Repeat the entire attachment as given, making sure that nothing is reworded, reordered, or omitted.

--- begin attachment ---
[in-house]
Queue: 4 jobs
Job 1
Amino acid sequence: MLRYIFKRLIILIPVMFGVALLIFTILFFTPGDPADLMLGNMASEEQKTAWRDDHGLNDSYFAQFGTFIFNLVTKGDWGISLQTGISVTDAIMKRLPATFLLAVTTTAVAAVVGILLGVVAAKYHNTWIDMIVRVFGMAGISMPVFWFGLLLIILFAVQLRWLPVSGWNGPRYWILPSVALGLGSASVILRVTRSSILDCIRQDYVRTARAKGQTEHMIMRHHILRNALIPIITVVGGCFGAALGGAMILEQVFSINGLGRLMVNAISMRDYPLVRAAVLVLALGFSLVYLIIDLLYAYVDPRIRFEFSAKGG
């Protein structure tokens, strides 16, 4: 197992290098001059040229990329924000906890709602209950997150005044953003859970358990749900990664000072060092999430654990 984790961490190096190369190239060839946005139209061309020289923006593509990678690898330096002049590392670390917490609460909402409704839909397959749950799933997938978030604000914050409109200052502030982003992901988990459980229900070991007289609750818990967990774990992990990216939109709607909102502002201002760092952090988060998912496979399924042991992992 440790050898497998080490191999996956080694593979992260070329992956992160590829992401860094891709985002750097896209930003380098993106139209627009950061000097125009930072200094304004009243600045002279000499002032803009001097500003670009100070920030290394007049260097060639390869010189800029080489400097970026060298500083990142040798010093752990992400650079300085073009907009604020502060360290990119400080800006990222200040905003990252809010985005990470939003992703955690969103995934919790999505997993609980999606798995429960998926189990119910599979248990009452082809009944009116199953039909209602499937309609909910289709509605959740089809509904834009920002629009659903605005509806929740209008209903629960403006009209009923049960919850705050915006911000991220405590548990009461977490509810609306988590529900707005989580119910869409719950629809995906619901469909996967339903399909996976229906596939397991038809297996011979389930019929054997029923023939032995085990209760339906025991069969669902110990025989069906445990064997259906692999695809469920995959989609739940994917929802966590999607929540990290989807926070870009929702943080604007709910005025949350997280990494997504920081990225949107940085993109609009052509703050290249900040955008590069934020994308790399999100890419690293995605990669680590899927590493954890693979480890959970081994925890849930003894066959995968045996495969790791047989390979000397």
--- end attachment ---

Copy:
[in-house]
Queue: 4 jobs
Job 1
Amino acid sequence: MLRYIFKRLIILIPVMFGVALLIFTILFFTPGDPADLMLGNMASEEQKTAWRDDHGLNDSYFAQFGTFIFNLVTKGDWGISLQTGISVTDAIMKRLPATFLLAVTTTAVAAVVGILLGVVAAKYHNTWIDMIVRVFGMAGISMPVFWFGLLLIILFAVQLRWLPVSGWNGPRYWILPSVALGLGSASVILRVTRSSILDCIRQDYVRTARAKGQTEHMIMRHHILRNALIPIITVVGGCFGAALGGAMILEQVFSINGLGRLMVNAISMRDYPLVRAAVLVLALGFSLVYLIIDLLYAYVDPRIRFEFSAKGG
């Protein structure tokens, strides 16, 4: 197992290098001059040229990329924000906890709602209950997150005044953003859970358990749900990664000072060092999430654990 984790961490190096190369190239060839946005139209061309020289923006593509990678690898330096002049590392670390917490609460909402409704839909397959749950799933997938978030604000914050409109200052502030982003992901988990459980229900070991007289609750818990967990774990992990990216939109709607909102502002201002760092952090988060998912496979399924042991992992 440790050898497998080490191999996956080694593979992260070329992956992160590829992401860094891709985002750097896209930003380098993106139209627009950061000097125009930072200094304004009243600045002279000499002032803009001097500003670009100070920030290394007049260097060639390869010189800029080489400097970026060298500083990142040798010093752990992400650079300085073009907009604020502060360290990119400080800006990222200040905003990252809010985005990470939003992703955690969103995934919790999505997993609980999606798995429960998926189990119910599979248990009452082809009944009116199953039909209602499937309609909910289709509605959740089809509904834009920002629009659903605005509806929740209008209903629960403006009209009923049960919850705050915006911000991220405590548990009461977490509810609306988590529900707005989580119910869409719950629809995906619901469909996967339903399909996976229906596939397991038809297996011979389930019929054997029923023939032995085990209760339906025991069969669902110990025989069906445990064997259906692999695809469920995959989609739940994917929802966590999607929540990290989807926070870009929702943080604007709910005025949350997280990494997504920081990225949107940085993109609009052509703050290249900040955008590069934020994308790399999100890419690293995605990669680590899927590493954890693979480890959970081994925890849930003894066959995968045996495969790791047989390979000397």